We can walk you through how this looks, even if you’re not currently a client of ours. You can schedule a 15-minute complimentary call with us that will allow you to discuss your options with us to have a more personal discussion about your RMDs and retirement plan.

Click here to schedule a 15-minute call with us to discuss your retirement plan and required minimum distributions.

IRAs – Required Minimum Distributions

Many of our readers are planning to retire, and they want to know about required minimum distributions (RMDs). If you have a tax-deferred vehicle, RMDs are something that you should learn more about.

Tax-deferred vehicles are:

  • 401(k)
  • 403(b)
  • 457
  • IRAs (traditional)

When you’ve deferred taxes, you’re making an agreement with the IRS that you’re not going to pay taxes on this money now. But in the future, when you’re able to access the funds, the IRS will come knocking on your door because they want their cut of the money.

Under today’s requirements, you must start taking your required minimum distributions at age 72 – it was 70 and a half not too long ago.

RMDs are not a bad thing, and these are retirement accounts that you’ve been paying into for 30 or 40 years. However, since you’ll have to pay taxes on the distributions, some people get concerned.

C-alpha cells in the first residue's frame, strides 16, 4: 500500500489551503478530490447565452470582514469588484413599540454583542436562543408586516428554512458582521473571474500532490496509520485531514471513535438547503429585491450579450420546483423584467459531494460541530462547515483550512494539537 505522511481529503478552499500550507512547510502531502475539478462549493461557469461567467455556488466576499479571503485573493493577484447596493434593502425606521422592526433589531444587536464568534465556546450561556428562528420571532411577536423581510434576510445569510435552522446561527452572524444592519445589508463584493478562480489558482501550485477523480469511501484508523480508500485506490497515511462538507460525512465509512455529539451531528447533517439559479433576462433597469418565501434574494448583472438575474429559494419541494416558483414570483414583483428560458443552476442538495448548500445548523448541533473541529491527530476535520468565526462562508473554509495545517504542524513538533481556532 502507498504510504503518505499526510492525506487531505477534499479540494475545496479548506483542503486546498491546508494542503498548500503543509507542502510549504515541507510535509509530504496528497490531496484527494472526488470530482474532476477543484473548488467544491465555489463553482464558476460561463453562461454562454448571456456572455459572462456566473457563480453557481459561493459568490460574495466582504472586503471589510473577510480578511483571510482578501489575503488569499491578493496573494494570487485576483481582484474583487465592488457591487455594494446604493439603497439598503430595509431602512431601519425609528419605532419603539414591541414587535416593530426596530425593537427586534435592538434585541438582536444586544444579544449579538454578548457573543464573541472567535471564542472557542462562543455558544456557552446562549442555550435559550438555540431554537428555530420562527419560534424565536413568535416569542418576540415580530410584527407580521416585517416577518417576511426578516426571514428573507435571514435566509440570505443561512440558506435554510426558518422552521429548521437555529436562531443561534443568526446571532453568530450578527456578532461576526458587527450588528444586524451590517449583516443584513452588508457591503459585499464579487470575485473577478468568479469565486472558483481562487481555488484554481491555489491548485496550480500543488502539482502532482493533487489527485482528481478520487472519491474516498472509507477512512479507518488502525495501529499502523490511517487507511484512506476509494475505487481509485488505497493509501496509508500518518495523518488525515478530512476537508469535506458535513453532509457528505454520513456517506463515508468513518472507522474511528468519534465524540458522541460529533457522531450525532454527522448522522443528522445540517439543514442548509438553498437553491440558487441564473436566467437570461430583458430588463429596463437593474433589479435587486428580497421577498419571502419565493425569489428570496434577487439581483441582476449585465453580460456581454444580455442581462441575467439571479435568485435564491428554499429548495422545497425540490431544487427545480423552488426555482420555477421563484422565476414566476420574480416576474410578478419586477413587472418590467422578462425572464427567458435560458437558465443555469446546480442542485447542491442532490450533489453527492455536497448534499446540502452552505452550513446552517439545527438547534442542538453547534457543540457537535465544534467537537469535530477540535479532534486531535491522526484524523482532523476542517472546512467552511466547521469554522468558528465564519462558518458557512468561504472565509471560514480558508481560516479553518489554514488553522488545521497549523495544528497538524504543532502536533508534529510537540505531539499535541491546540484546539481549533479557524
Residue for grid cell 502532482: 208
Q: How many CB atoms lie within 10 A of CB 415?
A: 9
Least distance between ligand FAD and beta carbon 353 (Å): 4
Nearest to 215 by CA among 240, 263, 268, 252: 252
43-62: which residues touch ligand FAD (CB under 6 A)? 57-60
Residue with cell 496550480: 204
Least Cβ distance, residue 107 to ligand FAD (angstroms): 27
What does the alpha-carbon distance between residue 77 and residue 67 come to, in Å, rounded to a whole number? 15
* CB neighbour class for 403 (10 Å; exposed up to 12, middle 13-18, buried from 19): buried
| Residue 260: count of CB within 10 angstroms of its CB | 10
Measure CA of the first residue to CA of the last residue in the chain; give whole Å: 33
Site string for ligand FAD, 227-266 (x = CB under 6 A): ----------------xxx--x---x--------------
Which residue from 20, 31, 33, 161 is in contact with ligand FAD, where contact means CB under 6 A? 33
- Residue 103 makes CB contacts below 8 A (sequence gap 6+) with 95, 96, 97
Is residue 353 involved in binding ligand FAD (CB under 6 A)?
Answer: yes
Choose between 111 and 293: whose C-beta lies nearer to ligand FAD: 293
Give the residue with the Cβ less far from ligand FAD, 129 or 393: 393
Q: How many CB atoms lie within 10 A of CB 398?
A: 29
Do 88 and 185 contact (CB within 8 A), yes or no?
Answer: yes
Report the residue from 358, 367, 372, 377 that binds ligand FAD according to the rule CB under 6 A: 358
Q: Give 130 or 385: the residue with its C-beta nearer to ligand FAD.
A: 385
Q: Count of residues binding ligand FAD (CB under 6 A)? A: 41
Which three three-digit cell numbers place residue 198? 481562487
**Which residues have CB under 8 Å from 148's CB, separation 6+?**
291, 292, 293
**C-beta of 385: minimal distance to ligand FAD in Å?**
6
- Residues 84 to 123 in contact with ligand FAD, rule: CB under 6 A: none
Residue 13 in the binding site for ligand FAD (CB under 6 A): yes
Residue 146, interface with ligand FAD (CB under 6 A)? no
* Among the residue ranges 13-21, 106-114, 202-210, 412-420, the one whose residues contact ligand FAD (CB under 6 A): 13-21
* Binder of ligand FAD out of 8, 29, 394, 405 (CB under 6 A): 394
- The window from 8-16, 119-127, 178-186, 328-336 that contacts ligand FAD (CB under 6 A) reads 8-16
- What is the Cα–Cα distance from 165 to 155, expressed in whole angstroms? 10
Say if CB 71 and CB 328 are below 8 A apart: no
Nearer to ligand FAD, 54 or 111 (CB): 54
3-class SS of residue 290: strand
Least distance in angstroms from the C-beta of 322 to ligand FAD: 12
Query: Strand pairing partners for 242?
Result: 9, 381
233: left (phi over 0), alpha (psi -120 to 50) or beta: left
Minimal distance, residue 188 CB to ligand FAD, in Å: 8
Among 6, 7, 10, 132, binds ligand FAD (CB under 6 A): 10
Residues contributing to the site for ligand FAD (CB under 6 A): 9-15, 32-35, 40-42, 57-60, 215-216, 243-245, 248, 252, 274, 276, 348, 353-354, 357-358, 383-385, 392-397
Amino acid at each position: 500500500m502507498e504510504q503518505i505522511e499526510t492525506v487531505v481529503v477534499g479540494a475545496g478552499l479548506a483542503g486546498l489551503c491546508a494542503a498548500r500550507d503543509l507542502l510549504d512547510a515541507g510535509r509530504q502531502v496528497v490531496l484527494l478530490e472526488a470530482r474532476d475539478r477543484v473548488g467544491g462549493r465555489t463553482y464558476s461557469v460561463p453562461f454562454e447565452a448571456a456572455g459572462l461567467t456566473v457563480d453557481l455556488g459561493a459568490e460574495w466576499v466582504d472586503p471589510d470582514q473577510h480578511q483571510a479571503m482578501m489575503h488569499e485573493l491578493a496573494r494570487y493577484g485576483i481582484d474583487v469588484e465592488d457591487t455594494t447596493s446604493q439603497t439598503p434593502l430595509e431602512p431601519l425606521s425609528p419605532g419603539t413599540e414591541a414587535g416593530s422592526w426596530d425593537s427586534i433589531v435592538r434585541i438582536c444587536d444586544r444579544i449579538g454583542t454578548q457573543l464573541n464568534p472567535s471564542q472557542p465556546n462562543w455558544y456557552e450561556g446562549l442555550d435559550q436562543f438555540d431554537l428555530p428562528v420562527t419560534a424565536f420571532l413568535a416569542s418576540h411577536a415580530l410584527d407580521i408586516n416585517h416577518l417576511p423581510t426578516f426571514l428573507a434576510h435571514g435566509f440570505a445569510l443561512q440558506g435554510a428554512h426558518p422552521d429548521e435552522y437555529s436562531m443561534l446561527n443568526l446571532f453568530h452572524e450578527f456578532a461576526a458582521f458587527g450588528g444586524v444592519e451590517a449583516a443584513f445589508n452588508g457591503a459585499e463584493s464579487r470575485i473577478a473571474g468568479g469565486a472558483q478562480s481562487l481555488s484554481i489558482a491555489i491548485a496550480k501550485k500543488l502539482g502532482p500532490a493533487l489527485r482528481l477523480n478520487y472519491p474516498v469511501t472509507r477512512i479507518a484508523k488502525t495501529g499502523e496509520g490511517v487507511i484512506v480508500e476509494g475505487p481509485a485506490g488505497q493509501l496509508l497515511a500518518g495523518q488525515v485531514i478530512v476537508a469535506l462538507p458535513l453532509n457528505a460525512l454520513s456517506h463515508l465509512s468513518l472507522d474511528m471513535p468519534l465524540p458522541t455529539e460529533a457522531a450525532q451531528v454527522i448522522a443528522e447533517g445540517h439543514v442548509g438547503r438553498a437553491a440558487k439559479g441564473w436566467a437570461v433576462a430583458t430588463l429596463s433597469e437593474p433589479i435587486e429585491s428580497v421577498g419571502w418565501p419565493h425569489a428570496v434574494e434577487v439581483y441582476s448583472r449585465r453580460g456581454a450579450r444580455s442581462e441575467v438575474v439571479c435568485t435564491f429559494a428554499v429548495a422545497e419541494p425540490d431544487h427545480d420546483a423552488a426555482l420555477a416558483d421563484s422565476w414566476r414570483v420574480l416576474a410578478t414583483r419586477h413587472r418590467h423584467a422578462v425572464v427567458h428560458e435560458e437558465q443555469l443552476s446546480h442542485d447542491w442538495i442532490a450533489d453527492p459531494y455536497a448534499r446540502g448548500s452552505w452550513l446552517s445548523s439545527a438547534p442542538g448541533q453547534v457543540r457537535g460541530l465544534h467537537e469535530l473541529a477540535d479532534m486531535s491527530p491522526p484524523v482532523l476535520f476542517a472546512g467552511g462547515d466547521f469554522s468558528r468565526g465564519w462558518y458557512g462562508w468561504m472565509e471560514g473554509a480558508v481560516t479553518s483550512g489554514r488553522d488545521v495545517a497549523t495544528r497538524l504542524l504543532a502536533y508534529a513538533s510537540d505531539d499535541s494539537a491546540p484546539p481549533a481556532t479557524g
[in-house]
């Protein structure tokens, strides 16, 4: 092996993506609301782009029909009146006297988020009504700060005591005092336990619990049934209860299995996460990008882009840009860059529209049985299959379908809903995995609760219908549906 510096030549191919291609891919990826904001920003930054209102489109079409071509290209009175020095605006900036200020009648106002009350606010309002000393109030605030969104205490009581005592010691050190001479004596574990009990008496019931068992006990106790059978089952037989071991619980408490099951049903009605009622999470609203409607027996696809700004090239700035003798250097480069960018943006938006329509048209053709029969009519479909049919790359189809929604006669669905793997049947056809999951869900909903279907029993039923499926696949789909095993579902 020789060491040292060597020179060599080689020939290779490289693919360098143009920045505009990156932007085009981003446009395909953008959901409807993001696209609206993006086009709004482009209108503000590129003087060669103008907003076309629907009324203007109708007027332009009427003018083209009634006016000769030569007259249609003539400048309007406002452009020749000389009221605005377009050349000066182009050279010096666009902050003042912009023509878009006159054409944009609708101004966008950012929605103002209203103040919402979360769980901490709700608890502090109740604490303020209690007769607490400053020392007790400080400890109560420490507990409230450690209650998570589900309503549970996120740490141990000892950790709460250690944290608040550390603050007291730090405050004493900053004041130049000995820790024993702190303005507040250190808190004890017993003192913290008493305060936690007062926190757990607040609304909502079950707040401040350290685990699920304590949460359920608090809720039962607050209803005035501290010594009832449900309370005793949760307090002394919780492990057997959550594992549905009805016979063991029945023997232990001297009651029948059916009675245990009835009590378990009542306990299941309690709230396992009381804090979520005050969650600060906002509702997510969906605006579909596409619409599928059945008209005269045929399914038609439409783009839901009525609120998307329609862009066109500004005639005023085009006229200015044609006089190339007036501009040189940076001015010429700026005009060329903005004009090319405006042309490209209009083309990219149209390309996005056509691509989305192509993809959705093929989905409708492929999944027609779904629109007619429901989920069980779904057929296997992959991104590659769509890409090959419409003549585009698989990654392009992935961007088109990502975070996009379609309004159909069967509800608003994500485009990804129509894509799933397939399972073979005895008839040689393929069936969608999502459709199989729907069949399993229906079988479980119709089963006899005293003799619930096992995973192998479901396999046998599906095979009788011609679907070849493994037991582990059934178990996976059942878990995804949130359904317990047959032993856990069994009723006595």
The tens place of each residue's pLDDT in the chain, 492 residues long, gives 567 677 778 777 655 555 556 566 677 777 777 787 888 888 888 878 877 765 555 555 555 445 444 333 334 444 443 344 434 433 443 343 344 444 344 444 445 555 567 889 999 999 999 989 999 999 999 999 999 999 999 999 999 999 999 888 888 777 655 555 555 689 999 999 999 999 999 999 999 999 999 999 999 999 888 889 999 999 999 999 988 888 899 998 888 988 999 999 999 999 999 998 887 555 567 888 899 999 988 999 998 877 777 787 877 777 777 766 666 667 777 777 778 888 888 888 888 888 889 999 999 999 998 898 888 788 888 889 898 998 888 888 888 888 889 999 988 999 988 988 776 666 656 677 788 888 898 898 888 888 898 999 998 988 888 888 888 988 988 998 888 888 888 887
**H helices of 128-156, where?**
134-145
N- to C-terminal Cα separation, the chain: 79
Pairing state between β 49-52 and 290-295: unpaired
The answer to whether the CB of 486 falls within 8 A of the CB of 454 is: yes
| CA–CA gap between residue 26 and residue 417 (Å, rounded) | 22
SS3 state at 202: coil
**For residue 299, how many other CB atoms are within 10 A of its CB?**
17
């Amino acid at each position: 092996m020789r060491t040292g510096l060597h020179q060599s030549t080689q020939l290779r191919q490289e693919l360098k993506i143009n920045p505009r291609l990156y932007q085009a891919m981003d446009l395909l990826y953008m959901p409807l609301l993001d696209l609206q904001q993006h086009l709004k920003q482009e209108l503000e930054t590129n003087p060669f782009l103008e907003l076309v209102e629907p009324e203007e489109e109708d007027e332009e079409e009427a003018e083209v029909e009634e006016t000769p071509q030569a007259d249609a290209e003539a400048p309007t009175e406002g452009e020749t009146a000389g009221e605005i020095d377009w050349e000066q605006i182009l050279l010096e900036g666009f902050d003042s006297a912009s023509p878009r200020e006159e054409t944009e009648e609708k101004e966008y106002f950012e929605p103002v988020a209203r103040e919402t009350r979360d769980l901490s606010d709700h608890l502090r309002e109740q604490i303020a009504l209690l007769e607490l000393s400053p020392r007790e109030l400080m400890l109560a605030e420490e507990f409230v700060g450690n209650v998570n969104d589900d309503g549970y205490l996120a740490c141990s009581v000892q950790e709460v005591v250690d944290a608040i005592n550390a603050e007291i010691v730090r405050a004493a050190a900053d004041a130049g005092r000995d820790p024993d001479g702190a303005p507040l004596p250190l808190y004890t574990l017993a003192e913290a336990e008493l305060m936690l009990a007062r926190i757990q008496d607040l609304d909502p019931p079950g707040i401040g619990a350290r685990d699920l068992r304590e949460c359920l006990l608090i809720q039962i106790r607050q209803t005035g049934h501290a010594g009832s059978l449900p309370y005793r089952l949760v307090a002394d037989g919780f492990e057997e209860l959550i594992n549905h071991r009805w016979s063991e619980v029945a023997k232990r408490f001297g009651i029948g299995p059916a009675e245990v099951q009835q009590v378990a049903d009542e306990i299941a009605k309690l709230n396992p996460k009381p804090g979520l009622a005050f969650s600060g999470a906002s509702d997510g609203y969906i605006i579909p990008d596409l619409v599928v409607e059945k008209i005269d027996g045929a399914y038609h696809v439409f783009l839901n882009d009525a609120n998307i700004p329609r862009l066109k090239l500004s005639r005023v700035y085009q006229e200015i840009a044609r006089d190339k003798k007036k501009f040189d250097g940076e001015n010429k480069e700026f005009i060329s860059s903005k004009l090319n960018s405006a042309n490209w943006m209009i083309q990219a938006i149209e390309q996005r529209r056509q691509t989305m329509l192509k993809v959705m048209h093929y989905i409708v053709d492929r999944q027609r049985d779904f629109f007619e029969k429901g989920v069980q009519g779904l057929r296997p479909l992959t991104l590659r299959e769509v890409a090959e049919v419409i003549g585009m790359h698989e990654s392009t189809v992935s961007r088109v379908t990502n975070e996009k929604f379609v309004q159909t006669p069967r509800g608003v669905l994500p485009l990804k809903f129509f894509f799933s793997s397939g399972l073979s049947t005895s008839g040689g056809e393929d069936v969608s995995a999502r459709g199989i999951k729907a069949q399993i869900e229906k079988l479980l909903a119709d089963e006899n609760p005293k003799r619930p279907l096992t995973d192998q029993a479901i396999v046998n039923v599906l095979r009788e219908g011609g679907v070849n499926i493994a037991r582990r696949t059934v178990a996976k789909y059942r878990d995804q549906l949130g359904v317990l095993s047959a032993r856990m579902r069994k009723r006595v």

Don’t be. This is money you saved and will be using for your retirement.

Understanding When You Must Take RMDs

RMDs are part of your retirement planning, and while you start taking them at age 72, this definition is a bit misleading. According to the IRS, you must begin taking distributions in the year you turn 72.

If you don’t turn 72 until December 31, guess what? You can take distributions from January 1st (you’re still 71) since it’s in the year that you turn 72, or you can wait until December. So, you can strategize to some degree on when is best for you to take your RMDs.

You must take the distribution by the calendar year end (with one exception listed below).

How RMDs are Calculated

The IRS will try and estimate your life expectancy, based on several factors, and then calculate your RMD. The required distribution can vary from year to year, so the RMD isn’t a fixed rate.

For example, let’s say that you have $500,000 in all of your IRA accounts.

If you have this much in your account on December 31st of the previous year, you would divide this amount by a factor that the IRS has created. The factor, at the time of writing this, is 25.6 for someone that is age 72.

The IRS figures that at age 72, you still have 25.6 years left to live. Your health isn’t personally calculated as these factors are across the board for everyone. So, you’ll be required to take the following RMD:

  • $19,531.25 ($500,000 / 25.6)

You can take a larger distribution if you want. However, you must take the minimum amount and it’s added to your income for the year.

In your first year, you can defer the distribution until April. You may want to defer the distribution to avoid taxes, but you’ll still need to take the distribution the second year.